Dr. Eliot Ghatan, MD



Cosmetic Dermatology,
General Dermatology

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Dr. Ghatan Dermatology, Cosmetic & Laser Surgery
1226 Ocean Parkway
Brooklyn, New York 11230 [MAP]
For an appointment , call (718) 253-2053
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Atopic Dermatitis - Skin Care Tips

Atopic dermatitis is known by several names. atopic eczema, infant eczema, and atopic dermatitis are all the same condition. It is a disease, which is closely related to hay fever and asthma, and actually might be considered a form of hay fever, which manifests itself on the skin. There is a strong inherited factor present and we almost always find someone in the family with a history of hay fever or asthma, or a similar skin condition. 

It is important to understand that like hay fever and asthma, your condition is controllable rather than curable. In other words, the skin can be cleared and controlled, but recurrences generally occur. In order to prevent the frequencies of recurrences, an understanding of the aggravating factor is important.

Emotion is generally the most important aggravating factor. Emotional factors should be controlled as much as possible. Tenseness, too much competition and expecting too much from a child are frequent causes. Wool and synthetic fibers next to the skin in this condition will often cause patients to flare up.

Soap is harmful to the skin in this condition-use as little as possible. Use of milder soaps (I.E. Dove, purpose and neutrogena) is preferable, but avoid their use as much as possible. Restrict the use of soap and water. Use only in intertriginous areas "Spot cleansing", fingers, toes, axillae (armpits), groins and perianal area (only if free from inflammation). Do not use hot water for cleansing, if water has to be used, make sure it is tepid.

The question of diet is often overemphasized. Only rarely one finds that a specific item of food will cause the skin to break out. Elimination diets are of very little value, and are resorted to only if the skin is resistant to treatment. In general, all foods may be eaten. Scratch tests to food are generally of little value, and will not be done. Often, desentilization to dust is of value. Common food allergens: eggs, cow's milk, chocolae, cereals, fish, citrus fruits & nuts.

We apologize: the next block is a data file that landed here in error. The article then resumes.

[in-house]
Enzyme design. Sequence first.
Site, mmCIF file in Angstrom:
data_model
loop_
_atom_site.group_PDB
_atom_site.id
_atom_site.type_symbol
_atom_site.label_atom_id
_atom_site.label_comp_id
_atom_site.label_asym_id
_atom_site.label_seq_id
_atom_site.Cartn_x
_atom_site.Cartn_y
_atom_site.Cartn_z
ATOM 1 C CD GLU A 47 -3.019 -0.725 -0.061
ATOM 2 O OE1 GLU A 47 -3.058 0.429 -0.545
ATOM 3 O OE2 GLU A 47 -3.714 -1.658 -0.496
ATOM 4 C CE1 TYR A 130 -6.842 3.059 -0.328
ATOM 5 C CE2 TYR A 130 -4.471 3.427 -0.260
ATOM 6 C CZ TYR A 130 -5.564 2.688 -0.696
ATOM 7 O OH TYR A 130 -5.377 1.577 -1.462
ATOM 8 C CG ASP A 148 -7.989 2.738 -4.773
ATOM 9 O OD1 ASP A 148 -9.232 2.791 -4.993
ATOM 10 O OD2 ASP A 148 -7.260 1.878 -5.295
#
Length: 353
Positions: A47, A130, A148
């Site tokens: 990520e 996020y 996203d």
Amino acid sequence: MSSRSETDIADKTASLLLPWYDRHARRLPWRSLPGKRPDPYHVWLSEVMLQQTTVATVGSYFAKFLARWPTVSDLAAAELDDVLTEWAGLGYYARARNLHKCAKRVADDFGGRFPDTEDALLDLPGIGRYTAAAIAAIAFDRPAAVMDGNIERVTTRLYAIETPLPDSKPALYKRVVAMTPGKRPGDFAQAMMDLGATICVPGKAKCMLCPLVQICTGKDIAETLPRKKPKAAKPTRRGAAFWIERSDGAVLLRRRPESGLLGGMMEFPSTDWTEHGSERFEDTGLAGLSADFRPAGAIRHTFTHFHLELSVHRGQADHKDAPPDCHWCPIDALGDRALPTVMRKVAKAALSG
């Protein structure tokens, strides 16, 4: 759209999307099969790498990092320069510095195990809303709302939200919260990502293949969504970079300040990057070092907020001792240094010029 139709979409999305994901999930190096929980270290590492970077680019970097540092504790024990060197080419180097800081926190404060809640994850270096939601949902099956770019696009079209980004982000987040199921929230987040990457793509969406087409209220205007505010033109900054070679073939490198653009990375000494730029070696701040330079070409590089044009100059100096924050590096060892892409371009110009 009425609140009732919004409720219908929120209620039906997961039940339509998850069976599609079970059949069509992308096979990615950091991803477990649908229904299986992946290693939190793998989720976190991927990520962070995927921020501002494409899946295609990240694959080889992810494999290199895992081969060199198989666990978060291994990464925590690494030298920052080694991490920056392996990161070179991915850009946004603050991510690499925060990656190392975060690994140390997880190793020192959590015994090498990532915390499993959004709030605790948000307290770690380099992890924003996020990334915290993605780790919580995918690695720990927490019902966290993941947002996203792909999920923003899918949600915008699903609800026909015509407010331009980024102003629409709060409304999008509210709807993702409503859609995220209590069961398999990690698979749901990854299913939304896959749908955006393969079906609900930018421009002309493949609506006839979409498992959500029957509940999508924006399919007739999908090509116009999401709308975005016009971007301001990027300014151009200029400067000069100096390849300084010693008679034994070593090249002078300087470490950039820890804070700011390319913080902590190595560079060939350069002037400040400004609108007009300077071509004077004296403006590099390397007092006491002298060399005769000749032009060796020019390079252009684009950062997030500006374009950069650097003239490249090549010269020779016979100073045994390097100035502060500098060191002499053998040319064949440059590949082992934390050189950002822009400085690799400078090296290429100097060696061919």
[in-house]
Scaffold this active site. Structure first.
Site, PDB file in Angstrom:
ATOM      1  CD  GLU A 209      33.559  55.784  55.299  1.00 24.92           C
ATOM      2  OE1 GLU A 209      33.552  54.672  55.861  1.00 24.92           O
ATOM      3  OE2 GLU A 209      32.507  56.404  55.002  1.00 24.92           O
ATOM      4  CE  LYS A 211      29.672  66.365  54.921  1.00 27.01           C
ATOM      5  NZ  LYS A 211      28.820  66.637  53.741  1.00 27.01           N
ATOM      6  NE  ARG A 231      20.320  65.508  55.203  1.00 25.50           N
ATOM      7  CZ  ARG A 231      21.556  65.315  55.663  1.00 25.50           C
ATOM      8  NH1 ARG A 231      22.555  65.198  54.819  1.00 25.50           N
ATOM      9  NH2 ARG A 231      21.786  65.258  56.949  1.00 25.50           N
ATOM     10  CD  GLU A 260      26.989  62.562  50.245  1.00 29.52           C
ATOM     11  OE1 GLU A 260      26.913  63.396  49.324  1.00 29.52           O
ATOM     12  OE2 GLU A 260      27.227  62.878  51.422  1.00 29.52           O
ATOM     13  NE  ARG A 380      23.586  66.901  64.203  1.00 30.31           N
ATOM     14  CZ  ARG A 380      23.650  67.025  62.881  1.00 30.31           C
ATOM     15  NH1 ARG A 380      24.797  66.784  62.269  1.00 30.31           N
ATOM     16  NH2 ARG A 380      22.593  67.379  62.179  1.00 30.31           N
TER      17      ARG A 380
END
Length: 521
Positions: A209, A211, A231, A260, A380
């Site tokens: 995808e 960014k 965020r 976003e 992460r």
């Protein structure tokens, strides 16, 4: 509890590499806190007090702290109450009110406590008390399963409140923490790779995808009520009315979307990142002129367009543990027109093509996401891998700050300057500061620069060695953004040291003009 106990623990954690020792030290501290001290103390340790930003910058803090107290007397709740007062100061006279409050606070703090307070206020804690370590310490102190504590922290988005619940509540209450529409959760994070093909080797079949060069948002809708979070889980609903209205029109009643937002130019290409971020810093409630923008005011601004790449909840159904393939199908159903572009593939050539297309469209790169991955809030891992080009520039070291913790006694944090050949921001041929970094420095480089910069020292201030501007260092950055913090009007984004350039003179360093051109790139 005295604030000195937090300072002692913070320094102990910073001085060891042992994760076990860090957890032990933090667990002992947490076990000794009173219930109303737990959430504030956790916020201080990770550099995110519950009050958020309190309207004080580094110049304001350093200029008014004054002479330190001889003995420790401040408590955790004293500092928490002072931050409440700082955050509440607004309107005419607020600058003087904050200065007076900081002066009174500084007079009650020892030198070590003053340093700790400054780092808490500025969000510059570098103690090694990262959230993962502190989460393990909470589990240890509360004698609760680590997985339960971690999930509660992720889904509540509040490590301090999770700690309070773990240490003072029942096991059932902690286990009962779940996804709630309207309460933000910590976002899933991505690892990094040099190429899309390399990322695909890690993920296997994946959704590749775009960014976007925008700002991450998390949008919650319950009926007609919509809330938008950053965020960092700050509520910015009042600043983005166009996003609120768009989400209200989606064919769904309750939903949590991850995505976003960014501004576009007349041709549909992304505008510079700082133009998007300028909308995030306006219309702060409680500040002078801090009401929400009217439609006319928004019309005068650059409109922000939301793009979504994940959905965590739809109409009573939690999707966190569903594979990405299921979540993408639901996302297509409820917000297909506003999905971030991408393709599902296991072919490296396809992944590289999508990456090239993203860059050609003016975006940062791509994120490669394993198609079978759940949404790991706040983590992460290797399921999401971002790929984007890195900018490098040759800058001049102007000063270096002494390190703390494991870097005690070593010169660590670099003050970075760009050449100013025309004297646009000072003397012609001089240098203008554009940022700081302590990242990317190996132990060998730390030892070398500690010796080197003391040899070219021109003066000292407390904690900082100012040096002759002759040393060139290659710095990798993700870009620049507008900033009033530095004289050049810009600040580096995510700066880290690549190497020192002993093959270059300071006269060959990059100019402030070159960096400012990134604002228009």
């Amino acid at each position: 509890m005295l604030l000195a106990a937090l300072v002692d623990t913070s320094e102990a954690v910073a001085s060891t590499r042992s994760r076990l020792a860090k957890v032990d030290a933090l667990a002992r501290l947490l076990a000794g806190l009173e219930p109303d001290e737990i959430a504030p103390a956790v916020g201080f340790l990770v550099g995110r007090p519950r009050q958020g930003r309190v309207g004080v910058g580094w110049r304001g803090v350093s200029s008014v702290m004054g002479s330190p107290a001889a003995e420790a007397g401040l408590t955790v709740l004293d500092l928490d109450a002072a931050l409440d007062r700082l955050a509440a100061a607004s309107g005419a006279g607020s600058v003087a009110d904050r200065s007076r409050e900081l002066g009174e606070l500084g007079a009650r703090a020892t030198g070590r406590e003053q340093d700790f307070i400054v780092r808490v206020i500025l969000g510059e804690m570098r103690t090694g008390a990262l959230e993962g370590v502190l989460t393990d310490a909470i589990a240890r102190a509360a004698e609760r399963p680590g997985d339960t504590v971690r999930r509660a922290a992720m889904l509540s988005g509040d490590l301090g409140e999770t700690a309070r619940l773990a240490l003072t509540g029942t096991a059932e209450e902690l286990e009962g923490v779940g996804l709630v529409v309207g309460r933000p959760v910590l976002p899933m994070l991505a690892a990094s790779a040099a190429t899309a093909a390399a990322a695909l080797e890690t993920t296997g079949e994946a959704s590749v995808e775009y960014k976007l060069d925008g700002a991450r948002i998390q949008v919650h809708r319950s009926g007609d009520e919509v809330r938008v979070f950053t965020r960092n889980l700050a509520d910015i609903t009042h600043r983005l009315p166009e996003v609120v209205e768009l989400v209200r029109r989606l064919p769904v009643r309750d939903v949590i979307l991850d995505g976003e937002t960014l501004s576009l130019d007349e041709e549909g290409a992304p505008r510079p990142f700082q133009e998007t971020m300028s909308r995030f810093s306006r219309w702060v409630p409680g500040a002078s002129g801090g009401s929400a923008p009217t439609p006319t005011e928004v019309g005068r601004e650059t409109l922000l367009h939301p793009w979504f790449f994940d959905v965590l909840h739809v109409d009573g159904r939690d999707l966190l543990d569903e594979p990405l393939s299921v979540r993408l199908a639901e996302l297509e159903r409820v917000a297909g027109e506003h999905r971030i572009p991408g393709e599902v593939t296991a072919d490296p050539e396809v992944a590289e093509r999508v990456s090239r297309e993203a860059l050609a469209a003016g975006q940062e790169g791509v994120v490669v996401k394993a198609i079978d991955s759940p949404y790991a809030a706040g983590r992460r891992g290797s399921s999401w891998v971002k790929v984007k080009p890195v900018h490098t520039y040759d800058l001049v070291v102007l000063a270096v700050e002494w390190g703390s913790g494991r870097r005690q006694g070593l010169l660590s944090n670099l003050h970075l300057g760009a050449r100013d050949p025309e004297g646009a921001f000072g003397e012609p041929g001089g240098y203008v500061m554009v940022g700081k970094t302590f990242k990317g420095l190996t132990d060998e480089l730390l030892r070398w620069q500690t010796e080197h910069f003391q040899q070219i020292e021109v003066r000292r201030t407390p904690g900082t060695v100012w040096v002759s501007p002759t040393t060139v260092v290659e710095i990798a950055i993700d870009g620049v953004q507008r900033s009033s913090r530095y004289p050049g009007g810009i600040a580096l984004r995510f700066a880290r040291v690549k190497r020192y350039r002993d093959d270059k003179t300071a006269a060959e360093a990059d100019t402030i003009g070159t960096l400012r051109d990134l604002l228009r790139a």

Atopic patients responds directly to the control of external irritants and allergens, therefore, every effort should be made to avoid or at least, control this harmful environment.

Control the temperature. The room temperature should be kept on the cool side. Overheating induces sweating, which can further cause an adverse reaction. Do not overdress an infant or a child for the same reason.

Keep the humidity, where possible, above 40%. The patient's skin is already dry, and you don't want to dehydrate the patient. Further, it is good to use a humidifier in homes with hot air heating.

When it comes to dust, it is stressed that rooms have bare floors and the pateints living quarters are vacuumed often and when the patient is out of the house. If carpets are used, make sure that not only carpets, but also blankets, and drapes are non-wool.

Avoid perfumes, deodorant sprays and insecticides.

There are other sources of triggers that should be avoided whenever possible:

  • Cigarette smoke
  • House dust mites -these shoud be controlled - regular vacuum cleaning of carpets, curtains and bedding. Using a plastic mattress coyer helps to reduce house mite population. Also to further control house mites, spray with a fungicide which destroys aspergillus penicilloides which the house mite feed on.
  • Animal dander
  • Avoid chrysanthemim plants, live fir trees (I.E. X-mas trees), paints or varnishes in the house
  • Cats, dogs and birds are hazardous to the atopic patient. Desire for pets can be directed toward aquatic animals, fish, turtles, etc.
  • Tomatoes and citrus fruits. If the patient eats these, frequent washing with lots of water, without wash cloth is essential.
  • Avoid new rough clothing. All cotton well washed is best. No wool. Make sure child does not play on rough rugs or upholstery.